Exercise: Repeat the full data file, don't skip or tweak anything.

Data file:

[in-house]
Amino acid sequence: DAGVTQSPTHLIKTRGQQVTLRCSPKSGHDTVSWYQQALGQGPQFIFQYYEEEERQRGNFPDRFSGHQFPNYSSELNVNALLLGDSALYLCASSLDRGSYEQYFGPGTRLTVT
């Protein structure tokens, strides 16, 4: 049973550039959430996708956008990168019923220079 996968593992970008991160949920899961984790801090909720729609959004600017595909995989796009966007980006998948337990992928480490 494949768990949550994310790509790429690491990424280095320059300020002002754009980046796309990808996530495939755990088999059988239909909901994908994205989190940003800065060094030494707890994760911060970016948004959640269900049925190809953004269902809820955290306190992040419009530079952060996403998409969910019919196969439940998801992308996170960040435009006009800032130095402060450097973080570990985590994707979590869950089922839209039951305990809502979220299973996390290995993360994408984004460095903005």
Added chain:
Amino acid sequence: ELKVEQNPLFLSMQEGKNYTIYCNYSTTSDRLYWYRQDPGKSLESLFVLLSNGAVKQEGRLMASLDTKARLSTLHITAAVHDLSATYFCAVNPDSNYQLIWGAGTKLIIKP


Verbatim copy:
[in-house]
Amino acid sequence: DAGVTQSPTHLIKTRGQQVTLRCSPKSGHDTVSWYQQALGQGPQFIFQYYEEEERQRGNFPDRFSGHQFPNYSSELNVNALLLGDSALYLCASSLDRGSYEQYFGPGTRLTVT
């Protein structure tokens, strides 16, 4: 049973550039959430996708956008990168019923220079 996968593992970008991160949920899961984790801090909720729609959004600017595909995989796009966007980006998948337990992928480490 494949768990949550994310790509790429690491990424280095320059300020002002754009980046796309990808996530495939755990088999059988239909909901994908994205989190940003800065060094030494707890994760911060970016948004959640269900049925190809953004269902809820955290306190992040419009530079952060996403998409969910019919196969439940998801992308996170960040435009006009800032130095402060450097973080570990985590994707979590869950089922839209039951305990809502979220299973996390290995993360994408984004460095903005």
Added chain:
Amino acid sequence: ELKVEQNPLFLSMQEGKNYTIYCNYSTTSDRLYWYRQDPGKSLESLFVLLSNGAVKQEGRLMASLDTKARLSTLHITAAVHDLSATYFCAVNPDSNYQLIWGAGTKLIIKP